June 18, 2018

The Advocate's Toolbox

The Margaret A. Edwards Award and 30 Years of Young Adult Literature

Angela Carstensen takes a look back at three decades of YA—its evolution, groundbreaking titles, and the Margaret A. Edwards Award that honors its authors.

This article was published in School Library Journal's June 2018 issue. Subscribe today and save up to 35% off the regular subscription rate.

Woodson named 2018 Laureate of Astrid Lindgren Memorial Award

The author and National Ambassador for Young People’s Literature has earned another honor.

Celebrating Judy Blume—Her Work and Impact—on Her 80th Birthday

Authors Jacqueline Woodson, Rachel Vail, and others spoke about the influence of Blume’s novels during a birthday event at New York’s Symphony Space.

Video: Jacqueline Woodson Inaugurated as National Ambassador for Young People’s Literature

“Books change us. They can help us have the bigger conversations,” Jacqueline Woodson said during her inauguration ceremony at the Library of Congress.

Jacqueline Woodson Named National Ambassador for Young People’s Literature

Woodson, who won the National Book Award for her memoir in verse Brown Girl Dreaming, succeeds Gene Luen Yang in the position.

Writing About Addiction for Kids | Opinion

Some say that middle grade readers are too young for books that involve addiction. That argument is increasingly hard to support.

Surprising Jolts of Children’s Literature: Of Bunnies, Cats, Monsters and More

It continues! As ever, folks just can’t seem to write books without slipping references to children’s books into them, left, right, and center. And while it seems an odd exercise to collect these titles, it’s also oddly informative. I’m still trying to piece together a unified theory about why this happens at all. No answers […]

Surprising Jolts of Children’s Literature: Of Bunnies, Cats, Monsters and More

It continues! As ever, folks just can’t seem to write books without slipping references to children’s books into them, left, right, and center. And while it seems an odd exercise to collect these titles, it’s also oddly informative. I’m still trying to piece together a unified theory about why this happens at all. No answers […]

Jacqueline Woodson Honored by Lambda Literary

Among the 22 Lammys presented in New York City was the Visionary Award, which went to Jacqueline Woodson. The winner in the children’s/YA category was M.E. Girard.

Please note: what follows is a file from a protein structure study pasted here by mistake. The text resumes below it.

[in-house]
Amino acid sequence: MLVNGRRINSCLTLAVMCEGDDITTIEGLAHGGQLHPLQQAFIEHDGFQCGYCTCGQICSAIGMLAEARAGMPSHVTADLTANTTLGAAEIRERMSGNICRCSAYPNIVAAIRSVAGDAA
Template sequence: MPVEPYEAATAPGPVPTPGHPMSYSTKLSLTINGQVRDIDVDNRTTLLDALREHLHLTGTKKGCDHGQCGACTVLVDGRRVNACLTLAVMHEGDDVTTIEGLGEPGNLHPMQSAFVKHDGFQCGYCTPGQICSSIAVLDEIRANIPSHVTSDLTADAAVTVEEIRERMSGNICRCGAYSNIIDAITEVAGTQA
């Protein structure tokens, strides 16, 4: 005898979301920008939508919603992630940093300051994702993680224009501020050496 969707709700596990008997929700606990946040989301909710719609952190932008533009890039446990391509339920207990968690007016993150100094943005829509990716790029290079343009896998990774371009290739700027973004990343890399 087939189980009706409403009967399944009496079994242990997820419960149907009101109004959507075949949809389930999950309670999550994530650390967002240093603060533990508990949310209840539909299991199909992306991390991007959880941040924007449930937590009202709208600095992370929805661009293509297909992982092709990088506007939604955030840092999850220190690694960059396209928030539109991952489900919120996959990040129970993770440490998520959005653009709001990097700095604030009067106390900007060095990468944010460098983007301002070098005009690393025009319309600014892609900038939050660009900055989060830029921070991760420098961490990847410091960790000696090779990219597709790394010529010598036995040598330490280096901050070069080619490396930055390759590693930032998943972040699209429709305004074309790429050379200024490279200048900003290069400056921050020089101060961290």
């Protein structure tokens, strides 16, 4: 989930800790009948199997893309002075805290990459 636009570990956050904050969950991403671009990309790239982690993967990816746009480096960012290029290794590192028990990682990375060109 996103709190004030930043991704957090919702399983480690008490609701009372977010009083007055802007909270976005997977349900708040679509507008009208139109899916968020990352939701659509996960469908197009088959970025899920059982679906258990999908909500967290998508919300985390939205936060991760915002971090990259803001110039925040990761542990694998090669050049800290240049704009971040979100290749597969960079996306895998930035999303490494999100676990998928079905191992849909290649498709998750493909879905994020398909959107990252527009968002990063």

Library of Congress Launches Teen Internship; 2017 Lammys Announced | SLJTeen News

A roundup of tidbits and news bites that librarians working with teens will want to know about, including a new internship at the Library of Congress and the winners of the Lammys, Audies, and Teen Choice Book awards.

PEN America To Hold NYC Rally in Defense of Free Expression

“Writers Resist: Louder Together for Free Expression” will be held on the steps of the New York Public Library on January 15, Martin Luther King Jr.’s birthday.

The Brown Bookshelf’s Open Declaration Garners 691 Signatures

The declaration expresses commitment to standing with and for children “in the face of attempts to disenfranchise, dehumanize, and to dismiss violence against marginalized people.”

After Election, Librarians, Book Creators Vow To Support Children

Librarians are addressing student concerns with “safe spaces,” support groups, book displays, special programming—and lots of hugs.

Therapy by the Book

Help students find solace, insight, and inspiration while reading. Plus, trauma-response resources for educators.

This article was published in School Library Journal's October 2016 issue. Subscribe today and save up to 35% off the regular subscription rate.

Hook Them with Historical Fiction | Adult Books 4 Teens

Historical fiction may not be every teen’s idea of a gripping read, but these titles are bound to immerse readers—and may even please educators, too.

Surprising Jolts of Children’s Literature in Unexpected Places

It’s back!  I’ve been doing my thing, buying lovely adult titles for my library system, and time and again I’ve run across ideas or names that fall squarely in the children’s book realm.  Here then are some real beauties. Things you just might not know about otherwise. I know and like Elisha Cooper but I’m […]

NYC DOE Conference: Reaching Diverse Learners

“Libraries for ALL Learners” was this year’s theme at the New York City Department of Education’s Library Services Annual Fall Conference, which convened at CitiField in Flushing. The session encompassed diversity in culture, ability, learning styles, gender and sexual identity.

Woodson, Riddell, Herrera Selected as Laureates; “Minus Me” Giveaway | SLJTeen News

Juan Felipe Herrera has been selected as the first Latino U.S. Poet Laureate for 2015–16. Jacqueline Woodson began her two-year tenure as the U.S. young people’s poet laureate on June 1. Illustrator and writer Chris Riddell has been named the UK’s ninth children’s laureate. Check out more industry news in the latest SLJTeen News roundup.

Ferguson Library Director Wins Lemony Snicket Prize

Scott Bonner, director of the Ferguson (MO) Municipal Public Library, has been awarded ALA’s second annual Lemony Snicket Prize for Noble Librarians Faced with Adversity. Daniel Handler and Jacqueline Woodson will co-present Bonner with the prize in June during the ALA Annual Conference & Exhibition in San Francisco.

A Fight to the End Paper: SLJ’s Battle of the Kids’ Books 2015

While for some March calls to mind college basketball, at SLJ, March 9 heralds the start of our Battle of the Kids’ Books (aka BOB). From Jacqueline Woodson’s Brown Girl Dreaming to Cece Bell’s El Deafo, these mighty contenders are ready for a (literary) fight. May the best book win!

This article was published in School Library Journal's February 2015 issue. Subscribe today and save up to 35% off the regular subscription rate.